The vast majority of companies widely adopted the Internet and its tools for promoting their products and services. However, many of them continue following traditional strategies, typically out dated and inefficient compared with modern digital marketing.
Here are five old techniques you should just forget about:
- Sell the product. In the 21st century, in order to build a successful relationship with the public, it is not necessary to enhance the quality of a product or service, by enumerating its details and benefits. One of the things influencing the acquisition of a potential customer is a solid brand image. Forget about closing your deals “faster”.
- Be present on social media. Managing many social channels simultaneously and publishing content randomly is part of the past (and this is not a breeding ground for marketing).
If you wish to stay ahead, change your strategy.
First, identify the most appropriate social media for your business (wherever there are potential buyers), secondly post professional photos as well as high-quality content and interact with the audience proactively.
- Don’t ask, just say yes. When communication was one-way, the marketer could speak with no disturbances. “You need this. You have to buy this, and so on“.
Now, it is better not to make statements based on assumptions: in addition to talking to our audience, it is more appropriate to ask questions about the client’s situation and then give appropriate advice.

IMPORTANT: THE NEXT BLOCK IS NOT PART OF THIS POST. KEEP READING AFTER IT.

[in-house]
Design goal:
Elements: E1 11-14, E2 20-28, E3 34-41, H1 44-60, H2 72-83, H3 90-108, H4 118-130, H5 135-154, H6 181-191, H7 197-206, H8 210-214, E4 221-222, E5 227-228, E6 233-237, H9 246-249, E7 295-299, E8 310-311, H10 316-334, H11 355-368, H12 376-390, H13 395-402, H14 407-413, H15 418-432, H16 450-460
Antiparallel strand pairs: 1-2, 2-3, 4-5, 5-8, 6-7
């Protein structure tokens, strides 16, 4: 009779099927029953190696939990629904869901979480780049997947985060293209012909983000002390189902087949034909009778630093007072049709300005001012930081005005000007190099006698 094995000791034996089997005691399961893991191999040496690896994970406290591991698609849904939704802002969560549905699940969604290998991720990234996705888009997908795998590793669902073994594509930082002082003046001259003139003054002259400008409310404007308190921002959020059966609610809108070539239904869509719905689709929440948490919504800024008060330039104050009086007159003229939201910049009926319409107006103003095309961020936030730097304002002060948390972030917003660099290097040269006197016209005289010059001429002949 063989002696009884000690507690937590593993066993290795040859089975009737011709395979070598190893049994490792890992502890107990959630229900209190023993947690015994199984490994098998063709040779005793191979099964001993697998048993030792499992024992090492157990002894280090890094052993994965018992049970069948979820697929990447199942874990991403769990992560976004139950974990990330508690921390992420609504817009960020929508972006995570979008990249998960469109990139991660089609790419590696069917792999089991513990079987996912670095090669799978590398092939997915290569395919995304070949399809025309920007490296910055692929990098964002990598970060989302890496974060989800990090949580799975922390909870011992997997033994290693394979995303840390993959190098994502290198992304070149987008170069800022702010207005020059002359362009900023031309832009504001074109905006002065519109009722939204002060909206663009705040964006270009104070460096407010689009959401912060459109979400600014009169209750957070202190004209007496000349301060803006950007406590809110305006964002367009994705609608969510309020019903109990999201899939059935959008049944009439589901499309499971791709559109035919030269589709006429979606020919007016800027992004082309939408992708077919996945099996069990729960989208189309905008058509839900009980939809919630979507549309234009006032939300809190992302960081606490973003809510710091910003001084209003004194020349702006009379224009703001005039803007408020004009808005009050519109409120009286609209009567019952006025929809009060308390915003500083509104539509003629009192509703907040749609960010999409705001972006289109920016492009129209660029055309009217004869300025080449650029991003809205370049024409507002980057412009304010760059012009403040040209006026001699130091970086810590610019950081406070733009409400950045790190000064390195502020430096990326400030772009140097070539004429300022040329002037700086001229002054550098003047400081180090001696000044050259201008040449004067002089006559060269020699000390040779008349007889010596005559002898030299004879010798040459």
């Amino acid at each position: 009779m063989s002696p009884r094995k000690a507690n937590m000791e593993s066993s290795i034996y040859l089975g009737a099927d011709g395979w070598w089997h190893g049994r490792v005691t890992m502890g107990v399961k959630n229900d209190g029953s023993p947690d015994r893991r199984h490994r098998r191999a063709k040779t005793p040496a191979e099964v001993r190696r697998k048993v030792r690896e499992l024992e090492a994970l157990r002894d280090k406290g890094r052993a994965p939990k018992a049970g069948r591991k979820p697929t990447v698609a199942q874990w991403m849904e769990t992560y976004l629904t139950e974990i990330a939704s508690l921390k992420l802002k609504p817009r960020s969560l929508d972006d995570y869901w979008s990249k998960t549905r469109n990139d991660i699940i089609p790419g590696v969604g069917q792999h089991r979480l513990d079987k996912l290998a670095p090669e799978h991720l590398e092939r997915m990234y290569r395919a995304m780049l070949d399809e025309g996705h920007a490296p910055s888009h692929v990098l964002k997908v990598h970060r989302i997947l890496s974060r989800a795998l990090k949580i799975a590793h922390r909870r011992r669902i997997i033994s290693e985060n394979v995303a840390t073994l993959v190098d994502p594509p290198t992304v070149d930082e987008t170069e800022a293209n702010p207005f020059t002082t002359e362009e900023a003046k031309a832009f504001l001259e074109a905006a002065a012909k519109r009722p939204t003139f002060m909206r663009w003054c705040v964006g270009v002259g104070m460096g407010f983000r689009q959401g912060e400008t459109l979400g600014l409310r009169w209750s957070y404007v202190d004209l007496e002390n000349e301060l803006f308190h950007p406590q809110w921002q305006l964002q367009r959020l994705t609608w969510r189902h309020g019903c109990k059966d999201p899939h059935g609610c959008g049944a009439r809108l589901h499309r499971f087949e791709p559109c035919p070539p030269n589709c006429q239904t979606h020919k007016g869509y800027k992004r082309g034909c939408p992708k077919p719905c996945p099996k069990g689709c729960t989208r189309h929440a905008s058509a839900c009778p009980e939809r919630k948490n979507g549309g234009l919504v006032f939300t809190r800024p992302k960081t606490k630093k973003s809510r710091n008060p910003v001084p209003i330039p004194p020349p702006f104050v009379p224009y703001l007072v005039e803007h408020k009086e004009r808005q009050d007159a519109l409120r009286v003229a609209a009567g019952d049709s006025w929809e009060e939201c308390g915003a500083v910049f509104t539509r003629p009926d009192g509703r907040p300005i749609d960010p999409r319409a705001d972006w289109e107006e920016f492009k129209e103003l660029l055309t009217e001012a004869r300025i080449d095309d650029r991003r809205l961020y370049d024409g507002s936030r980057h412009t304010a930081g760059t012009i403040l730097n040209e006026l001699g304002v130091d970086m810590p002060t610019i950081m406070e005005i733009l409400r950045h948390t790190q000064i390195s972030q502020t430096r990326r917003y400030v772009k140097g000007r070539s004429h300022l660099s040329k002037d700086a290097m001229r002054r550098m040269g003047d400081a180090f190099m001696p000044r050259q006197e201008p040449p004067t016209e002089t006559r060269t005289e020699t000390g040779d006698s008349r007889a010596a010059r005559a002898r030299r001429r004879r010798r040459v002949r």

- Attend trade shows. Some marketing strategies, though effective, could now be replaced by less time-consuming online actions. How many days of work does it take to attend a trade fair? How many hours does it take to meet a customer face to face? How successful is a cold call?
Current digital marketing allows you to make the most of your time through new digital strategies: virtual meetings, posting, podcasts or online advertising.
- Don’t segment the market. If much of the past marketing initiatives were intended to appeal to the masses, now, the first thing to do is to segment the public. In other words, dividing it into small homogeneous groups of customers. In doing so, it is possible to precisely identify what are the needs of each of the groups and thus offering the most appropriate solution.
In order to divide a market into subcategories, you should take variables such as demographics (gender, religion or income), geographical area (country, city and climate) or socio-cultural features (religious orientation or hobbies) into account.